1967 Rolls-Royce Silver Shadow Saloon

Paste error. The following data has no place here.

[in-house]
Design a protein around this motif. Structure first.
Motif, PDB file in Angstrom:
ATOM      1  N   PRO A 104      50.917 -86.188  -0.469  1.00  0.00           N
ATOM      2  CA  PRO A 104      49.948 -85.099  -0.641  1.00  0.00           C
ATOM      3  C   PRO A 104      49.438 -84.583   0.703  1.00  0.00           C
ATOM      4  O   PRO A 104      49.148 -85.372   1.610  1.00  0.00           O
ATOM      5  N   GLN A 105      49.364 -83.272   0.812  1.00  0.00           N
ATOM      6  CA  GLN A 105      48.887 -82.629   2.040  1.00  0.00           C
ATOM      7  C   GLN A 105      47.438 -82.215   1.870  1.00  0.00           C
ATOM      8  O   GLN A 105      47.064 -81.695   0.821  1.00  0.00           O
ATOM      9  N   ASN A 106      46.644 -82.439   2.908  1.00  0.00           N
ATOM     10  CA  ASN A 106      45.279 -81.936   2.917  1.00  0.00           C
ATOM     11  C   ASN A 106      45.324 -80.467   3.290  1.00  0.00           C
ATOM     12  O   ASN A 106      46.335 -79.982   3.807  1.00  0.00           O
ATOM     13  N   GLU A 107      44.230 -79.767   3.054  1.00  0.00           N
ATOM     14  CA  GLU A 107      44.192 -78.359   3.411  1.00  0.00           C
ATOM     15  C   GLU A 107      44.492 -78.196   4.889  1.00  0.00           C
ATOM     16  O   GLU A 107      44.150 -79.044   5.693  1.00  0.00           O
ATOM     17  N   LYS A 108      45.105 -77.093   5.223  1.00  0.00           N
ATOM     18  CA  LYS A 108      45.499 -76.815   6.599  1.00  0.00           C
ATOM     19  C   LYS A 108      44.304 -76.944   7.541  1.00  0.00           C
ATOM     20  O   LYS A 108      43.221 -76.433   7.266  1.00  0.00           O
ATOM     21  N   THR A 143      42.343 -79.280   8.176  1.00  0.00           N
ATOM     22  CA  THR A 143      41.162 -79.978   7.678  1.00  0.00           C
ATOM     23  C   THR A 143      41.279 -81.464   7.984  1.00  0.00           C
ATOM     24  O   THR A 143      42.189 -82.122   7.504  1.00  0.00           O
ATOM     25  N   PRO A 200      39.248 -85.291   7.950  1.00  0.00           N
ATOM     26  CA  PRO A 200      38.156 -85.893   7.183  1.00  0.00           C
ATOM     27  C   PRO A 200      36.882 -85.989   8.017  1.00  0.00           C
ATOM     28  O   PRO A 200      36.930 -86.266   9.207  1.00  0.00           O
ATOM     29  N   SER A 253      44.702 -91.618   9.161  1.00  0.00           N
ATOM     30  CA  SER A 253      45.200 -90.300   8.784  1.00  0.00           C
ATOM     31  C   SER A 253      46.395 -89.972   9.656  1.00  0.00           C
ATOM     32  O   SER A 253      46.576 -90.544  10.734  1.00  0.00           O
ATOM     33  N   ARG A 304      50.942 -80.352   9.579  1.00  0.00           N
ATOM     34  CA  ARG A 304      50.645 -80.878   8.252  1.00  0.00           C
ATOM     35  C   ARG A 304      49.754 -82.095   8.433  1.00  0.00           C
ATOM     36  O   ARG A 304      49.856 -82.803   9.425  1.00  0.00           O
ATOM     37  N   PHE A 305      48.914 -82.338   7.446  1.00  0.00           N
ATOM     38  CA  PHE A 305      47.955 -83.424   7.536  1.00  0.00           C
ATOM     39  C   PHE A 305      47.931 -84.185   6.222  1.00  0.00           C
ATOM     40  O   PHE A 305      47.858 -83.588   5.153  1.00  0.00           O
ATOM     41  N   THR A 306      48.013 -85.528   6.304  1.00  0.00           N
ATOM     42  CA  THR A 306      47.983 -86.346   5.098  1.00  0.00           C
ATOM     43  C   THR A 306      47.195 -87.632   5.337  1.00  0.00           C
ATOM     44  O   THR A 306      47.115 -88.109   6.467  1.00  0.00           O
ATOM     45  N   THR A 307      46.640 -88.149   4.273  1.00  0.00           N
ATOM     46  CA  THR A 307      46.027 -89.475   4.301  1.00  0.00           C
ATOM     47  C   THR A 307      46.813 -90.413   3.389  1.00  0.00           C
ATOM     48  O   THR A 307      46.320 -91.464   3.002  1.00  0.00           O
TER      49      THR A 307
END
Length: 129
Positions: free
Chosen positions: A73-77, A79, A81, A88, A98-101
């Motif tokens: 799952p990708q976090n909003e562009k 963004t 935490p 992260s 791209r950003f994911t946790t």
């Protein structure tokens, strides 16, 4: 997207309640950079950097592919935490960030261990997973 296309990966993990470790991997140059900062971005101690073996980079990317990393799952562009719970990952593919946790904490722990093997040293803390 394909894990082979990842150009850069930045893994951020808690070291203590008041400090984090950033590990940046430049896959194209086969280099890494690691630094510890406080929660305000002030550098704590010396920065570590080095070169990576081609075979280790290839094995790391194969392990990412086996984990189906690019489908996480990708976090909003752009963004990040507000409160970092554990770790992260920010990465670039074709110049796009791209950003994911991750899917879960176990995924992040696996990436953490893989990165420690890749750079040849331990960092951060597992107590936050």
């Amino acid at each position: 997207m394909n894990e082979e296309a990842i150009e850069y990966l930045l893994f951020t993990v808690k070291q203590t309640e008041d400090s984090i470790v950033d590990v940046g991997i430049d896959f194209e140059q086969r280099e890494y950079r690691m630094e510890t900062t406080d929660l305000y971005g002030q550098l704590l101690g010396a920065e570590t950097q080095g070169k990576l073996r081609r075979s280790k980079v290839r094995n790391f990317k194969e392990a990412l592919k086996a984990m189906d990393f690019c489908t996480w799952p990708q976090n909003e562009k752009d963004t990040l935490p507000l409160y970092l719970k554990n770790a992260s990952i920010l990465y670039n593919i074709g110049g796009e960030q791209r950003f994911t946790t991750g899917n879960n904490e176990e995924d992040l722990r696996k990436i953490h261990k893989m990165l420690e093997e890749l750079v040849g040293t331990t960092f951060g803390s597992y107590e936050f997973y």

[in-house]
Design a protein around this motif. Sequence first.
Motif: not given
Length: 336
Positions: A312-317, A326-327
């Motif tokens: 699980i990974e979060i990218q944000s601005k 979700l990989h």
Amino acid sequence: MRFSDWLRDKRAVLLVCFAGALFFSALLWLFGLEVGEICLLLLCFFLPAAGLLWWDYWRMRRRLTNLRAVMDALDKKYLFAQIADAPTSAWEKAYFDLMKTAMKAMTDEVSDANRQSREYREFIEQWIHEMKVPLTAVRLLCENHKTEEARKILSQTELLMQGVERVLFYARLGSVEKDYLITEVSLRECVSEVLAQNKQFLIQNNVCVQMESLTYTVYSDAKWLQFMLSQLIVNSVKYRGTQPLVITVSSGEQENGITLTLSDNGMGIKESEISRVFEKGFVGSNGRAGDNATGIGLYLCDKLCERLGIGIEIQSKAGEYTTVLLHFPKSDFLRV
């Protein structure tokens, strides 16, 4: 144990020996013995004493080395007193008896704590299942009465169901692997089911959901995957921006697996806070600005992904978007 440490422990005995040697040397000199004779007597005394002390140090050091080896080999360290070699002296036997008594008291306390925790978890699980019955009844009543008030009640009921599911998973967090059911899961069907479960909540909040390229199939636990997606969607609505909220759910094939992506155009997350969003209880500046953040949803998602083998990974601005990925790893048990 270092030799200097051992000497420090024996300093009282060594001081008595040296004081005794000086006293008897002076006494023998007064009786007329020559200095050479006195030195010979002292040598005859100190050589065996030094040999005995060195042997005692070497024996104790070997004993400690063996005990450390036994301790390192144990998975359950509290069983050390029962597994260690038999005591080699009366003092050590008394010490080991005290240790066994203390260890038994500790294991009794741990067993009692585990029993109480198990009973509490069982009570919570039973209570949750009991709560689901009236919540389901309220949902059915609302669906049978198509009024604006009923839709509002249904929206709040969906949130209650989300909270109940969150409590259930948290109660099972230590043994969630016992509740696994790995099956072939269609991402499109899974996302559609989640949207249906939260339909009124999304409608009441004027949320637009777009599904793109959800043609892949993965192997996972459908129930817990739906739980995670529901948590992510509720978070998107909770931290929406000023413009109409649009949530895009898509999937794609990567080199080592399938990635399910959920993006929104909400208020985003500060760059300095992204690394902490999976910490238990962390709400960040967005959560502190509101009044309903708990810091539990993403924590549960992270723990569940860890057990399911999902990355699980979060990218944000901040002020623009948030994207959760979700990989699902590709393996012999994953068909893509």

A giant technical leap for Rolls-Royce when launched at the 1965 Paris Salon, the Silver Shadow took the Flying Lady into the modern era, with unitary construction for the first time and more compact proportions with restrained, up-to-date styling by John Blatchley's team. In fact, the Silver Shadow saw numerous firsts for the Crewe Company, with fully-independent suspension (with self-levelling front and rear) and four wheel ventilated disc brakes both welcome advances. The only major components carried over from the Silver Cloud III were the excellent all-aluminium 6.2-litre V8 and Rolls-Royce's own four-speed automatic transmission with fluid flywheel, although the latter was replaced by GM's excellent 400 three-speeder in October 1968. Inside, the Silver Shadow was a clever blend of traditional materials and Old World craftsmanship with modern fittings. No less than eight individual Connolly hides were used to trim the interior of each car and the standard of finish on the upholstery, rich Wilton carpets and burr walnut veneers was impeccable. Another breakthrough for Rolls-Royce was the fact that the Silver Shadow was the first model in 50 years to turn a profit and production was relatively high, with no less than 16,717 built (along with a smaller number of Bentley T-Series variants) before the revised Shadow II was launched in 1977.